Pennsylvania lawmakers who want to stop the Delaware River Port Authority from lavishly spending toll revenues on dubious economic-development projects have the right intention.

But it's too late to do anything about money already spent, and their bill's fate is so murky it may not be worth pursuing.

Over the last decade, the DRPA has shelled out $375 million for development projects that include local sports stadiums, museums, concert venues, and, most recently, a memorial to the President's House near Independence Hall.

Those projects might be deserving of some public funding. But granting them cash from the DRPA seems a long way from the agency's core mission to operate and maintain its four bridges and the PATCO High-Speed Line, or to help develop the port on both sides of the river.

The economic-development spending has understandably outraged commuters, who were saddled with hefty toll and fare hikes last year, with another increase set for 2010.

The DRPA says it will no longer contribute to such development deals (after it spends the remainder of $35 million left over from previous borrowing).

But angry commuters have every reason to be skeptical.

Some lawmakers want to make sure the agency keeps its word with a bill introduced by State Rep. Paul Clymer (R., Bucks) and 16 cosponsors. It would amend DRPA's charter to prohibit the use of tolls and train fares "for economic projects that do not pertain to maintenance of bridges, roads, and rail lines."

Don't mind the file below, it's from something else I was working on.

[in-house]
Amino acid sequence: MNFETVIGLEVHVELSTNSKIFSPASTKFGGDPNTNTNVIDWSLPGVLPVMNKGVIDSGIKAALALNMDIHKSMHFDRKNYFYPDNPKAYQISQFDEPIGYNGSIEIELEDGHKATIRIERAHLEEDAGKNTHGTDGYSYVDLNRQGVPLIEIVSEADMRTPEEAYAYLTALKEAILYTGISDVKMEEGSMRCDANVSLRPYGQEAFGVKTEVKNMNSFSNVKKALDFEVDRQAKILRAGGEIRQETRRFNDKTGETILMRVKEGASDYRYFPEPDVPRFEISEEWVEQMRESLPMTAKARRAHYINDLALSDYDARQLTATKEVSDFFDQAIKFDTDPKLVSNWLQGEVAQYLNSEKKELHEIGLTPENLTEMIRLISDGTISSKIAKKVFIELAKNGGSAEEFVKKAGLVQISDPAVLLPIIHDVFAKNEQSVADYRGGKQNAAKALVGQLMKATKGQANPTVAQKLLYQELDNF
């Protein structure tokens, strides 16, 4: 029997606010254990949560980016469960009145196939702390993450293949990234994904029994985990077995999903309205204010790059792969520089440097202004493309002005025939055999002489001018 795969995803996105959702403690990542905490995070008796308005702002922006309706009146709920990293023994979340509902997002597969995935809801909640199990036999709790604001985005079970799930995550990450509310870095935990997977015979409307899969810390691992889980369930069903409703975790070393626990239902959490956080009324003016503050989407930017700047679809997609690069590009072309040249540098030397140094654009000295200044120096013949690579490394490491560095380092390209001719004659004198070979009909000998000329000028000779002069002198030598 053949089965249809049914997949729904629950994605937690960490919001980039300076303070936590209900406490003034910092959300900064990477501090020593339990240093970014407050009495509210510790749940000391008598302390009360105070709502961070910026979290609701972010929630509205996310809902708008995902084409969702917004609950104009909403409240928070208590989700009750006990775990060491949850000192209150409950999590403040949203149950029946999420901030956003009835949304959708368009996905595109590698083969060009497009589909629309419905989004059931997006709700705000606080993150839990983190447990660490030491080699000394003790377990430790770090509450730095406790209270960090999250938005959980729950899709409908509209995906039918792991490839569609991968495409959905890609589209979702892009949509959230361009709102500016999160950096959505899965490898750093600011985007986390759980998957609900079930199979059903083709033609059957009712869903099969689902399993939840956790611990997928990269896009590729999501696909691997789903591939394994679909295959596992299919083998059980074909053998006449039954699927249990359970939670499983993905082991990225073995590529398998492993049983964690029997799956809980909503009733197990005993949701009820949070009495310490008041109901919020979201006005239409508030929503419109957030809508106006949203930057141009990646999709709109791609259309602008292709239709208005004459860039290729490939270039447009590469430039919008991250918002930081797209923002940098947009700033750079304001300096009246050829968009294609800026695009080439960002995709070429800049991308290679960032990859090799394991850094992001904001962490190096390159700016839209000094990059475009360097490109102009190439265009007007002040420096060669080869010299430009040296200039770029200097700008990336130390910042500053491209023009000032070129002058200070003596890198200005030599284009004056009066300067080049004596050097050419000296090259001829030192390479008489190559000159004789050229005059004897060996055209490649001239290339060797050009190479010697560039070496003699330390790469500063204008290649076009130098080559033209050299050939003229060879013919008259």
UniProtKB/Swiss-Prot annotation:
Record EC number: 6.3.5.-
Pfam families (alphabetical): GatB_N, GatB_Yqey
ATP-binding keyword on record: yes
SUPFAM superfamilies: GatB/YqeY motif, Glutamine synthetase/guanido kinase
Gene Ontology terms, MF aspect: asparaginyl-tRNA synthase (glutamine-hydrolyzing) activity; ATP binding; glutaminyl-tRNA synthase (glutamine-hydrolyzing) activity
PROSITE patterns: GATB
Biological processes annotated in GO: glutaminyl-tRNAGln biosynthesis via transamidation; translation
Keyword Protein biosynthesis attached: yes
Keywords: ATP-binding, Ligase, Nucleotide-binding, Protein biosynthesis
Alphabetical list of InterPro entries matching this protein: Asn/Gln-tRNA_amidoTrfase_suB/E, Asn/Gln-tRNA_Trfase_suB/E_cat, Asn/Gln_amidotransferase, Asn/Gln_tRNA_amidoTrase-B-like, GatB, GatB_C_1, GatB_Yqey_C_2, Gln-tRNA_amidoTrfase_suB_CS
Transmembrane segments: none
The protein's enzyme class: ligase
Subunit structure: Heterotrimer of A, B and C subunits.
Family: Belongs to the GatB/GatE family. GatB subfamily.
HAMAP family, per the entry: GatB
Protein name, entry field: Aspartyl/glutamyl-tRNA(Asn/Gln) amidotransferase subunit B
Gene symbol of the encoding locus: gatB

New Jersey Assemblyman Scott Rudder (R., Burlington) has said he is interested in introducing similar legislation in Trenton.

Getting the legislation enacted, though, will be extremely difficult. A charter change requires approval of both state legislatures, the governors of both states, Congress, and the president.

Gov. Rendell, who serves as DRPA chairman, and Gov. Corzine have supported spending DRPA money on economic development. They argue that the projects are crucial for the region's growth, will help lure business and tourists, and ultimately increase DRPA's customer base.

The last charter change was granted in 1992, when DRPA was given permission to fund economic-development projects, and its area of responsibility was extended to Bucks, Chester, and Montgomery Counties.

Since then, the DRPA has overstepped its boundaries at times with harebrained projects such as the plan to build a tram across the Delaware.

With its unchecked spending authority, DRPA finds itself $1.2 billion in debt. The agency also says it needs about $1 billion over the next five years to pay for bridge repairs and other maintenance.

That should be plenty of incentive for DRPA to not even think about using future tolls and fares to help pay for lofty economic development projects. The bill before the legislature, though well-intended, should not be necessary.